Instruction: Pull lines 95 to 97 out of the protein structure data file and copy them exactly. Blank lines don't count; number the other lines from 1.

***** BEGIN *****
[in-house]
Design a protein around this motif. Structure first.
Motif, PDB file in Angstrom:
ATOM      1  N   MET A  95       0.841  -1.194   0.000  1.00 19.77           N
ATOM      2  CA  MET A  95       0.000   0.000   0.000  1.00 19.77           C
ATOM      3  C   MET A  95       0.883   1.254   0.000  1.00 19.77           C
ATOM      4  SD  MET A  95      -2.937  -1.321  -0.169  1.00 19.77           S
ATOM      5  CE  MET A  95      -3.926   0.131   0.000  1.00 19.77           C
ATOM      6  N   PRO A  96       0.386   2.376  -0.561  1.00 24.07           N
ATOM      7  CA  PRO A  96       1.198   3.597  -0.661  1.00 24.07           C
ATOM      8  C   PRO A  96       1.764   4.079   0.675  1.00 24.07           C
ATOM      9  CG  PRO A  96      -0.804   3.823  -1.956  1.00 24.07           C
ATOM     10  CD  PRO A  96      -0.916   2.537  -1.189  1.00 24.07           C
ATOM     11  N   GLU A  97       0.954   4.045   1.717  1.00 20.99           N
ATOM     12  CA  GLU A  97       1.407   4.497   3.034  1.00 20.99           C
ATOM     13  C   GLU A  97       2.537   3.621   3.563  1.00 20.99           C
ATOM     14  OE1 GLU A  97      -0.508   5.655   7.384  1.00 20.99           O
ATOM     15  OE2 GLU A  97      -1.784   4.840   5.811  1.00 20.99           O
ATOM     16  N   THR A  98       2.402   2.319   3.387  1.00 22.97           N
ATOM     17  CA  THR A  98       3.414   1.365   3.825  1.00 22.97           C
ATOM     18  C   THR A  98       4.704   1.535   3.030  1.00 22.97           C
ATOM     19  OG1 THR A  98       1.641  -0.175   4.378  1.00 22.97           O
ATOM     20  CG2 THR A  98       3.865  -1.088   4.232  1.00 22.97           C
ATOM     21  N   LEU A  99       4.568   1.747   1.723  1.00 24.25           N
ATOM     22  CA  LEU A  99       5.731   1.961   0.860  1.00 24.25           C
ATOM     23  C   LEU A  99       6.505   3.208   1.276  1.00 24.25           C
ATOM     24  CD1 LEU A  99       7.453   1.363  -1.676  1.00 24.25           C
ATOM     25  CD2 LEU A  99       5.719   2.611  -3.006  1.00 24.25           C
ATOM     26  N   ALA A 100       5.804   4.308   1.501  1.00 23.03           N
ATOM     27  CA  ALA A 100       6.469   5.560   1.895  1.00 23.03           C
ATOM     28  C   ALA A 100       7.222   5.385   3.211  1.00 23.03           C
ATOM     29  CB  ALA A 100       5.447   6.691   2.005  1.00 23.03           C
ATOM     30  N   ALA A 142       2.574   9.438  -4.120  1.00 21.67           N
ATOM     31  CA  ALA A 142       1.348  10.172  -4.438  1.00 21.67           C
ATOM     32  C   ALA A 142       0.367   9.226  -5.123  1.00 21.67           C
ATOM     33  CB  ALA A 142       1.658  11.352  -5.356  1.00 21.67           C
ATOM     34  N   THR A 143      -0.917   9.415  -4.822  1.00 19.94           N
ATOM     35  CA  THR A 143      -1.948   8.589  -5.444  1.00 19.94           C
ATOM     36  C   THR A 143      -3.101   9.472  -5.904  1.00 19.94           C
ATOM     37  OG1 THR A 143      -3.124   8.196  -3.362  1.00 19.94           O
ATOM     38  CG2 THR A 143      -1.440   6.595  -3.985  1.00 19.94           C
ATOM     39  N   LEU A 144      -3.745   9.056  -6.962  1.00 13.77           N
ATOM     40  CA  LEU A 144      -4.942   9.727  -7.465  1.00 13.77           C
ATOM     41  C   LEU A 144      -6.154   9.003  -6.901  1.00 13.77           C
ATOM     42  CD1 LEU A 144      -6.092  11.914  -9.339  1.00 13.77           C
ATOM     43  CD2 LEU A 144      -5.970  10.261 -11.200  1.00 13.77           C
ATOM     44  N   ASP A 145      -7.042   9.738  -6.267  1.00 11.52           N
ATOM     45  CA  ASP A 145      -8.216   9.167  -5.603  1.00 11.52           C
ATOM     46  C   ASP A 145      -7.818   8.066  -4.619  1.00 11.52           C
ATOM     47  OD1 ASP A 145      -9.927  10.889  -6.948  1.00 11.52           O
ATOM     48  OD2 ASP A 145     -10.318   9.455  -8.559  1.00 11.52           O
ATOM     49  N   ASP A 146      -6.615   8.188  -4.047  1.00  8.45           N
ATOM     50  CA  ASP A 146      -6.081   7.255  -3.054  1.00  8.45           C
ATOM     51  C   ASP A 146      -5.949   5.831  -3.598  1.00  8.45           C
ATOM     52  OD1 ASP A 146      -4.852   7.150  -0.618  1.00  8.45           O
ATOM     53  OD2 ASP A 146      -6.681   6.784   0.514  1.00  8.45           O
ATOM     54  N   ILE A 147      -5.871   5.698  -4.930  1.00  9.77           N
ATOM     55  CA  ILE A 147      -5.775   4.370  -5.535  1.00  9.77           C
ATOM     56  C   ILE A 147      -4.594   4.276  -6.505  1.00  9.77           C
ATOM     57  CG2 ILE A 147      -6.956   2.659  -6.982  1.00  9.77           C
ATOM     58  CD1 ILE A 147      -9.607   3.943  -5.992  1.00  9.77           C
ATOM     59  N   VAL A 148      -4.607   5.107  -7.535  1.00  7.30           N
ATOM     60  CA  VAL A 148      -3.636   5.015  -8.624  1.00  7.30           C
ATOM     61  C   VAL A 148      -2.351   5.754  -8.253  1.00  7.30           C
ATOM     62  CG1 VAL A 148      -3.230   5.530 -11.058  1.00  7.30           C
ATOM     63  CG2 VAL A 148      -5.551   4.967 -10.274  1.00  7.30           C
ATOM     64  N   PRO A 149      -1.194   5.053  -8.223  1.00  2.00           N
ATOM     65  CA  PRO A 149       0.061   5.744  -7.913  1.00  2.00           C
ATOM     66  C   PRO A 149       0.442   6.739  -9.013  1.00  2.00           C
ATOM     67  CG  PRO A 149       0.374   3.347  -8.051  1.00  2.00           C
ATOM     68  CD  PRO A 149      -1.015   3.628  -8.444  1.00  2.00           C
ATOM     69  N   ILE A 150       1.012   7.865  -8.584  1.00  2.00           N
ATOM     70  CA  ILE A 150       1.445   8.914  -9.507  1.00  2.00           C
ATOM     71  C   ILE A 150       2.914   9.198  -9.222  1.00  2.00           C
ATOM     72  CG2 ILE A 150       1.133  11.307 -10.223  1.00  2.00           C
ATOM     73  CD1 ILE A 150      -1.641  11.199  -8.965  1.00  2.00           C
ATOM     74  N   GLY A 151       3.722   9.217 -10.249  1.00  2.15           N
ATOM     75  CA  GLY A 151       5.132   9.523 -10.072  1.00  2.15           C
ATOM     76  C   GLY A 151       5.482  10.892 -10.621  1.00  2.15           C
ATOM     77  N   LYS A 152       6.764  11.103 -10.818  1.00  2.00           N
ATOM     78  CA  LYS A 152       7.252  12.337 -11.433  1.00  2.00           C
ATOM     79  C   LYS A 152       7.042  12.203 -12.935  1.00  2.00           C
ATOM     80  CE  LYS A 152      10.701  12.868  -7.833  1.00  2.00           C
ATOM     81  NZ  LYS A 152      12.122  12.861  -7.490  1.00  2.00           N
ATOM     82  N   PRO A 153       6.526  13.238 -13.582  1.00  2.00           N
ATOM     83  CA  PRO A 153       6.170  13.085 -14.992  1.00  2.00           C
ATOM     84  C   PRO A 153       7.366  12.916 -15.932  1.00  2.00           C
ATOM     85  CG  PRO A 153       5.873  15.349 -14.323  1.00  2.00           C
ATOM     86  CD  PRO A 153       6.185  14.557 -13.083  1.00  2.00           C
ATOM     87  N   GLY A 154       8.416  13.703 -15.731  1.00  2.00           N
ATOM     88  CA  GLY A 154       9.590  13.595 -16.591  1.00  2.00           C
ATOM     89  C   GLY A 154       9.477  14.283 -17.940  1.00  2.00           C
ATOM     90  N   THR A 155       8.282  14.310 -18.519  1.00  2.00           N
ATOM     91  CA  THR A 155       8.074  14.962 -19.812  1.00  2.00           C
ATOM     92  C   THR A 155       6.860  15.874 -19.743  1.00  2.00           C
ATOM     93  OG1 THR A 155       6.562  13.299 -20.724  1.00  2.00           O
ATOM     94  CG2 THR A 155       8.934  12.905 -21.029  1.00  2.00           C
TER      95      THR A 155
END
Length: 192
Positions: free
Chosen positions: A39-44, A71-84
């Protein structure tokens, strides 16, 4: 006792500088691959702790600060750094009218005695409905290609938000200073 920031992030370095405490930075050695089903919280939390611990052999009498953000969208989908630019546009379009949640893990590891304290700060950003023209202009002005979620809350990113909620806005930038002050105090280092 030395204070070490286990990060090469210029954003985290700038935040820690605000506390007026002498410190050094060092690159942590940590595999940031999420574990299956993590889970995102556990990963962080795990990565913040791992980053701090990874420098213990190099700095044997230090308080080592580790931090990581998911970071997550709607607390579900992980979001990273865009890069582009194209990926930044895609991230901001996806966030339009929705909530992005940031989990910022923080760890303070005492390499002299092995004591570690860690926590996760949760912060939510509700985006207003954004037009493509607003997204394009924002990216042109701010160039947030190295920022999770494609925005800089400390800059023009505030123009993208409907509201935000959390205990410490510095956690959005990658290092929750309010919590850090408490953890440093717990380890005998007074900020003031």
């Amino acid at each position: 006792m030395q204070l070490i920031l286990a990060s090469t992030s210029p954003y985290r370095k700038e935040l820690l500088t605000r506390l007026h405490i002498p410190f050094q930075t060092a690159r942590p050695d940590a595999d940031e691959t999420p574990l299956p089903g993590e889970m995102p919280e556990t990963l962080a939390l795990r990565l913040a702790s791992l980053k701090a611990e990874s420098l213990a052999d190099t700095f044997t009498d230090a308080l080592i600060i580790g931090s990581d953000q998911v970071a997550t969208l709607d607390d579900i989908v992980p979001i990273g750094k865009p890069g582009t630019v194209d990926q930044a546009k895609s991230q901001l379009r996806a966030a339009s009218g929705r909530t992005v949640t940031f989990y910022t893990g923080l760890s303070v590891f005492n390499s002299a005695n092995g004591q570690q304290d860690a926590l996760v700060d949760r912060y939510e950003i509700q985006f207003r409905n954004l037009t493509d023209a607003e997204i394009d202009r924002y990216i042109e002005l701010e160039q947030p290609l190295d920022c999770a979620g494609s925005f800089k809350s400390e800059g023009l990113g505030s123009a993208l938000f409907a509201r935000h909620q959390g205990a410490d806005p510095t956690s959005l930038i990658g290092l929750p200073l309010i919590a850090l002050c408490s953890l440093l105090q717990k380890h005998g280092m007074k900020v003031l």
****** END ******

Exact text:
ATOM     92  C   THR A 155       6.860  15.874 -19.743  1.00  2.00           C
ATOM     93  OG1 THR A 155       6.562  13.299 -20.724  1.00  2.00           O
ATOM     94  CG2 THR A 155       8.934  12.905 -21.029  1.00  2.00           C